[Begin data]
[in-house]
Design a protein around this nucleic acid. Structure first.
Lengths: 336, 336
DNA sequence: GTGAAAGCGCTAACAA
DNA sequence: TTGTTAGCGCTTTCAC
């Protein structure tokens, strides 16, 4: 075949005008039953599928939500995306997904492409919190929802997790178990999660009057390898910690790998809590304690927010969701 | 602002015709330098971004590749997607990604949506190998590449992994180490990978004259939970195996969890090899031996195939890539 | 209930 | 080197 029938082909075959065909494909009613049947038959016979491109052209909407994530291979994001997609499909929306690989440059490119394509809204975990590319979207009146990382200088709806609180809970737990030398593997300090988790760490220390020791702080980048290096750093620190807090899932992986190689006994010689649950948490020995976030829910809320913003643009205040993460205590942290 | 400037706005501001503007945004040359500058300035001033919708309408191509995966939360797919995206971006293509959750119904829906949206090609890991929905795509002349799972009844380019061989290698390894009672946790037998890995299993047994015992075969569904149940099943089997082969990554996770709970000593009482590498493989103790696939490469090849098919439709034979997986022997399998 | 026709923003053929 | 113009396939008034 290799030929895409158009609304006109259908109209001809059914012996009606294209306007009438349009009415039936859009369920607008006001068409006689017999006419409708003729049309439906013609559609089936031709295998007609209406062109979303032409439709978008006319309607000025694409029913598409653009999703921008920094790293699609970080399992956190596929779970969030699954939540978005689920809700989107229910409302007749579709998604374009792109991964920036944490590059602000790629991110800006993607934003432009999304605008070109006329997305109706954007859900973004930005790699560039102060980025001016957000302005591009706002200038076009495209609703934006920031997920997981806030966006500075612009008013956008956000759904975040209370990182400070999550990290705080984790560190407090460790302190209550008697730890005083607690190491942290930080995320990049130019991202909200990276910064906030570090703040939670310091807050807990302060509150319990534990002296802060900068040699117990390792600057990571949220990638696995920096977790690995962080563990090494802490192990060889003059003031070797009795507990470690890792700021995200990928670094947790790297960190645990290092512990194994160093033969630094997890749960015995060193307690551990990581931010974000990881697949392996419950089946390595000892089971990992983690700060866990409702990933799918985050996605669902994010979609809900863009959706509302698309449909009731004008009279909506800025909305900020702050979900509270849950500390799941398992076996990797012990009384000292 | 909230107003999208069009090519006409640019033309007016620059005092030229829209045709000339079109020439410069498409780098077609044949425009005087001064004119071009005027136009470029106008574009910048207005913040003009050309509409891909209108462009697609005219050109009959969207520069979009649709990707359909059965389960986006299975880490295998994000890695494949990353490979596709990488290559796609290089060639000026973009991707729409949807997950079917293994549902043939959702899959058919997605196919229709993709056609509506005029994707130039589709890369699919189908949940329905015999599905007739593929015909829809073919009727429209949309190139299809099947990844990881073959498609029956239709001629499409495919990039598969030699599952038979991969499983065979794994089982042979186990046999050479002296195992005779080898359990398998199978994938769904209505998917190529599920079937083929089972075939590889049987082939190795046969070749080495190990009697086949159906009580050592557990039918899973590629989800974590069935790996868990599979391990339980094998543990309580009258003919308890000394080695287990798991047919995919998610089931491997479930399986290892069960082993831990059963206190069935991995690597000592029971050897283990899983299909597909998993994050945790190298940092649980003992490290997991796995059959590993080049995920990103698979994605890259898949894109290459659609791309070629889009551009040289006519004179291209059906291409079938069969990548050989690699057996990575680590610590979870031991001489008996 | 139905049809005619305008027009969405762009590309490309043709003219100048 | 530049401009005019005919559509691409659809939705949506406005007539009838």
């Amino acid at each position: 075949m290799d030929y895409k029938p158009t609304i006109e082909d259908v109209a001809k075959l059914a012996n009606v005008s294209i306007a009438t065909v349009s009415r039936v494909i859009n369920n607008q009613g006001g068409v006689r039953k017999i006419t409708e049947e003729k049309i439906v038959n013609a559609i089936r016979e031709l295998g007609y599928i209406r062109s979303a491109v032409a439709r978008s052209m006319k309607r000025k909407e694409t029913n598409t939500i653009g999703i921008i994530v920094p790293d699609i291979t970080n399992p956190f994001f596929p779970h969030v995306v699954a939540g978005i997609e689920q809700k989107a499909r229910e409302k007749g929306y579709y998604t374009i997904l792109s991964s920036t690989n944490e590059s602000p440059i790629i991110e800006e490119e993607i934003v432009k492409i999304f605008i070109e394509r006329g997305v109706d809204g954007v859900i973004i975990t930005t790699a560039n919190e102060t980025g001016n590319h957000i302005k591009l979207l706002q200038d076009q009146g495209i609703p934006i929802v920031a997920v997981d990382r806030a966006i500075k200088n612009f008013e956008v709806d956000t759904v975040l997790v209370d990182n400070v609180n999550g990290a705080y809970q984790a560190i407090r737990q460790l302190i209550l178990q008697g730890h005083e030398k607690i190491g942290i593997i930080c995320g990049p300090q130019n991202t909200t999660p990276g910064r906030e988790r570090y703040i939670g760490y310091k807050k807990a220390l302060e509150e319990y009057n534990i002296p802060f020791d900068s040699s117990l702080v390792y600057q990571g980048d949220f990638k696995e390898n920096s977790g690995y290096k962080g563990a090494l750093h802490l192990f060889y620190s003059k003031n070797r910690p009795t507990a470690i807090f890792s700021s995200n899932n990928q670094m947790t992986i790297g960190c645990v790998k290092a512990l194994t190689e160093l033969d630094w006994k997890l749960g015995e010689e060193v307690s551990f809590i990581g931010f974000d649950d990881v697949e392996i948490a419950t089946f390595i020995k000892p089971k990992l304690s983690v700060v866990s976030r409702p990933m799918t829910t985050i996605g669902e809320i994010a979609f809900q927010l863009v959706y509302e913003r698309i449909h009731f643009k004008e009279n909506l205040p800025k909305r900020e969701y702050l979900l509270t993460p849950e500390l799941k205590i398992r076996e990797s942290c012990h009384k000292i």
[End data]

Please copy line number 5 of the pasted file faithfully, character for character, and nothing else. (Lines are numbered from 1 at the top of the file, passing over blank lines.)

DNA sequence: TTGTTAGCGCTTTCAC